49 million Americans today live under the poverty line. Not sure many of them can afford iPhones and Mac Airs, and not sure OWS is representative of that 49 milllion or even of the working class. Mostly OWS seem like middle class kids.

        • Lola-at-Large says:

          If my students are any indication, a lot of poor people can afford iphones and other smartphones. But it’s often one of the few luxuries they have. I guess that’s a product of the cell phone market and practices. Many of my students don’t even have cars, but they have smart phones.

        • gxm17 says:

          My husband and I received “free” iPhones when we re-upped our cell phone contract. (We finally gave up our antiquated flip phones last year.) Most Americans have cell phones. Many are opting for cell phones over land lines. And their smart phone is “free” with their contract. Everyone in my family except for my mother has a smart phone. And none of us are rich. To act like smart phones are some kind of luxury item is to be completely out of touch with America, and the rest of the world, today. How the hell do you think the Arab spring was tweeted? On a rotary?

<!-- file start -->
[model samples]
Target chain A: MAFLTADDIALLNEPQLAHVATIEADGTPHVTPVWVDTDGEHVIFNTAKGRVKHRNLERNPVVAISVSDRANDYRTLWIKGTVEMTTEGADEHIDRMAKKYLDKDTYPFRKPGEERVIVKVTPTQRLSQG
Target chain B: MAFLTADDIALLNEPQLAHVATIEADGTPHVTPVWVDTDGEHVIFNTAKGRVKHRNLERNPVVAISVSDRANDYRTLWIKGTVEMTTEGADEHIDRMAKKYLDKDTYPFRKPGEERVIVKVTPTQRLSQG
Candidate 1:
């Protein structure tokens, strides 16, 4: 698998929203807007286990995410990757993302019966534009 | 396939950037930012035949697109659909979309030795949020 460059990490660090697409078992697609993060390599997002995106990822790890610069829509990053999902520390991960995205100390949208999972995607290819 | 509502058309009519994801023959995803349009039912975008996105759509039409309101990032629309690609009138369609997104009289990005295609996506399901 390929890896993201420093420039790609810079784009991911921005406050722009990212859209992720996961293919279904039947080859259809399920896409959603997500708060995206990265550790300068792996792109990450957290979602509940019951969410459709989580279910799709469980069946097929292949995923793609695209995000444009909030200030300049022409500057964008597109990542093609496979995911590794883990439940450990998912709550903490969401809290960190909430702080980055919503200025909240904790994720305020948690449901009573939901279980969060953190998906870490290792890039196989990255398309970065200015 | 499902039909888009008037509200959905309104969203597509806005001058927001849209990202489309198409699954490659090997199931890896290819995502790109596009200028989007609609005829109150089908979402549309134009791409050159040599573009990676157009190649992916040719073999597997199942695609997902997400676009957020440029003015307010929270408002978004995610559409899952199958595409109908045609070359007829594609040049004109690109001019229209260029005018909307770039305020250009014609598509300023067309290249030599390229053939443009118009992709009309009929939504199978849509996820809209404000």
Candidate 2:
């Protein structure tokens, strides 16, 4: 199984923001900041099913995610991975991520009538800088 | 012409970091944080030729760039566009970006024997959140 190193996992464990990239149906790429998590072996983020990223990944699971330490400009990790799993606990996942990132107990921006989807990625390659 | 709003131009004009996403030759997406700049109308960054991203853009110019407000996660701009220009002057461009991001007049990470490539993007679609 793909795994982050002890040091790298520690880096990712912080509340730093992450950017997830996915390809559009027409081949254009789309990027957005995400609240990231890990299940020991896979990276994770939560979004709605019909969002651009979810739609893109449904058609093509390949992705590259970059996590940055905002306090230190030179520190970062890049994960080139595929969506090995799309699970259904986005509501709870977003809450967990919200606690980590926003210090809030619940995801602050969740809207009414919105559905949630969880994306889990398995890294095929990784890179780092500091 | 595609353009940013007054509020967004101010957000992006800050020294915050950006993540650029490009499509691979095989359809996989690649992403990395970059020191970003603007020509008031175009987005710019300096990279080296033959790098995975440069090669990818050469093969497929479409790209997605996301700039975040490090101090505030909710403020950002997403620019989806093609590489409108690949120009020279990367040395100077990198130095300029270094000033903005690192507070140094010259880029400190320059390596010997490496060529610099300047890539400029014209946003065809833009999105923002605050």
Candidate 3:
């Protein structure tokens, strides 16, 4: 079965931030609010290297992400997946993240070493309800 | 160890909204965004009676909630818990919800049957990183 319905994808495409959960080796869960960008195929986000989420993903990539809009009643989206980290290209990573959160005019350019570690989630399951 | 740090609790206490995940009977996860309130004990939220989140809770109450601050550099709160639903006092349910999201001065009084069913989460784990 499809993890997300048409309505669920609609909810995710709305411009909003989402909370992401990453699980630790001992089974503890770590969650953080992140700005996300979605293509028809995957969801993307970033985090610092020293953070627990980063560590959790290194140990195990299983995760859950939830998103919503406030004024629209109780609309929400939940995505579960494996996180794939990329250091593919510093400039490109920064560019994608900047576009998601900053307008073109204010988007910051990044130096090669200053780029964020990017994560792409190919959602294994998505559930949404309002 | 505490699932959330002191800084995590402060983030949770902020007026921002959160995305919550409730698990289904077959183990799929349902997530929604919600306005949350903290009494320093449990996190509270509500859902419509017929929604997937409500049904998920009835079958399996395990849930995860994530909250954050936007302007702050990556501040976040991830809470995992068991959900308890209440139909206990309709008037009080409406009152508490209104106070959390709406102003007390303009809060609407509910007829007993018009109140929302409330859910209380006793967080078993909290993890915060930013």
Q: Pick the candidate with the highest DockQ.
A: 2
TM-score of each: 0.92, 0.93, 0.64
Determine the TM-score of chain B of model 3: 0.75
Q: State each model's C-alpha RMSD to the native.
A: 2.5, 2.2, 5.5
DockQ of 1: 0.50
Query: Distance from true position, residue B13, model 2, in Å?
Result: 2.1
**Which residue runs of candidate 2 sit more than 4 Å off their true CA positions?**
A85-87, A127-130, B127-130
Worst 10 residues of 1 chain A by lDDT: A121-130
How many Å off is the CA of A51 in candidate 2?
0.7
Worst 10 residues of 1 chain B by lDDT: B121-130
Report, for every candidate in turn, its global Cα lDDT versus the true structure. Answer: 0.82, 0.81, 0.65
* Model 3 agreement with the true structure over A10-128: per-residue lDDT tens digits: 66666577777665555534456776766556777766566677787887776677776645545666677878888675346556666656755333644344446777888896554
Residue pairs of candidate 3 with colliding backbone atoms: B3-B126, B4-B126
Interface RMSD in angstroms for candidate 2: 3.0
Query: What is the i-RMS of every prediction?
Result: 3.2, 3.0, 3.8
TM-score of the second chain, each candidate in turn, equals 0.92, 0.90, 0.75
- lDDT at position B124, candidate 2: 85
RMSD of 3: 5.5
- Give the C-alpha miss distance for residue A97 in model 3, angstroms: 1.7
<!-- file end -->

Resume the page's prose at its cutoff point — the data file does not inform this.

• Three Wickets says:

          90% or more of the world has feature phones (not smart phones), you can tweet and text on those too. They cost 10% or less than an iPhone with a contract. Most cell phones in the world are unlocked, so you pay for the hardware upfront instead of paying for it via the service contract over time. Same diff in the end. You’re paying a steep retail margin for the iPhone. It’s just that the payments are being financed for you over time, like a mortgage.

        • gxm17 says:

          And I’m sure that feature phones (and parts) are not made in China. They’re all made in the US in factories that hire union labor. I don’t think so. As a matter of fact, I could find no information about any smart or feature phones still being made in America.

          In actuality (BBM): “The Smartphone User
          Slightly more males than females are getting smartphones (53% versus 47%) which is what we would expect for technical early adopter products. In terms of demographics, Hispanic Americans and Asians are slightly more likely to have a smartphone than what their share of population would indicate, which is a trend we see in the adoption of other mobile data services. While smartphones started out in the business segment, two-third of today’s buyers of smartphones are personal users.”